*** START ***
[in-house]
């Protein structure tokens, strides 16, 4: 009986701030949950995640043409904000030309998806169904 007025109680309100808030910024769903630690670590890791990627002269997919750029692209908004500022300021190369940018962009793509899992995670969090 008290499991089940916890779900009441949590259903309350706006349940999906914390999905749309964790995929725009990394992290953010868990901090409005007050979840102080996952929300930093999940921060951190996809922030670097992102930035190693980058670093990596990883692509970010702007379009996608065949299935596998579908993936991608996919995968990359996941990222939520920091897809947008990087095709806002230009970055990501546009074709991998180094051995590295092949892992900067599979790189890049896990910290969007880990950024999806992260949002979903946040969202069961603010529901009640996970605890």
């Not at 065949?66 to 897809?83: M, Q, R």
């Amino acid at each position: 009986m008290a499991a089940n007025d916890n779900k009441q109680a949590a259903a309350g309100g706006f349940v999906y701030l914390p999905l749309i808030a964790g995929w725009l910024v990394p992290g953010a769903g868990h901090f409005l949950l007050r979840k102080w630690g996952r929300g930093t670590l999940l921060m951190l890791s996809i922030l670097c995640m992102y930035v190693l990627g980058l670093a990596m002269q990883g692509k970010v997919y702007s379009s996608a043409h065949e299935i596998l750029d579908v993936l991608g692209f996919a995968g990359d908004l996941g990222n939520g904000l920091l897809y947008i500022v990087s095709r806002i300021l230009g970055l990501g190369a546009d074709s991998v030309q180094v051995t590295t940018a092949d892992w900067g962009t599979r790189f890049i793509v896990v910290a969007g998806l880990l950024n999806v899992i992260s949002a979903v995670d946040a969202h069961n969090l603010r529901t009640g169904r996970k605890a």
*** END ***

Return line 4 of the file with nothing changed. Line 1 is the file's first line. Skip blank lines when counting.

């Amino acid at each position: 009986m008290a499991a089940n007025d916890n779900k009441q109680a949590a259903a309350g309100g706006f349940v999906y701030l914390p999905l749309i808030a964790g995929w725009l910024v990394p992290g953010a769903g868990h901090f409005l949950l007050r979840k102080w630690g996952r929300g930093t670590l999940l921060m951190l890791s996809i922030l670097c995640m992102y930035v190693l990627g980058l670093a990596m002269q990883g692509k970010v997919y702007s379009s996608a043409h065949e299935i596998l750029d579908v993936l991608g692209f996919a995968g990359d908004l996941g990222n939520g904000l920091l897809y947008i500022v990087s095709r806002i300021l230009g970055l990501g190369a546009d074709s991998v030309q180094v051995t590295t940018a092949d892992w900067g962009t599979r790189f890049i793509v896990v910290a969007g998806l880990l950024n999806v899992i992260s949002a979903v995670d946040a969202h069961n969090l603010r529901t009640g169904r996970k605890a």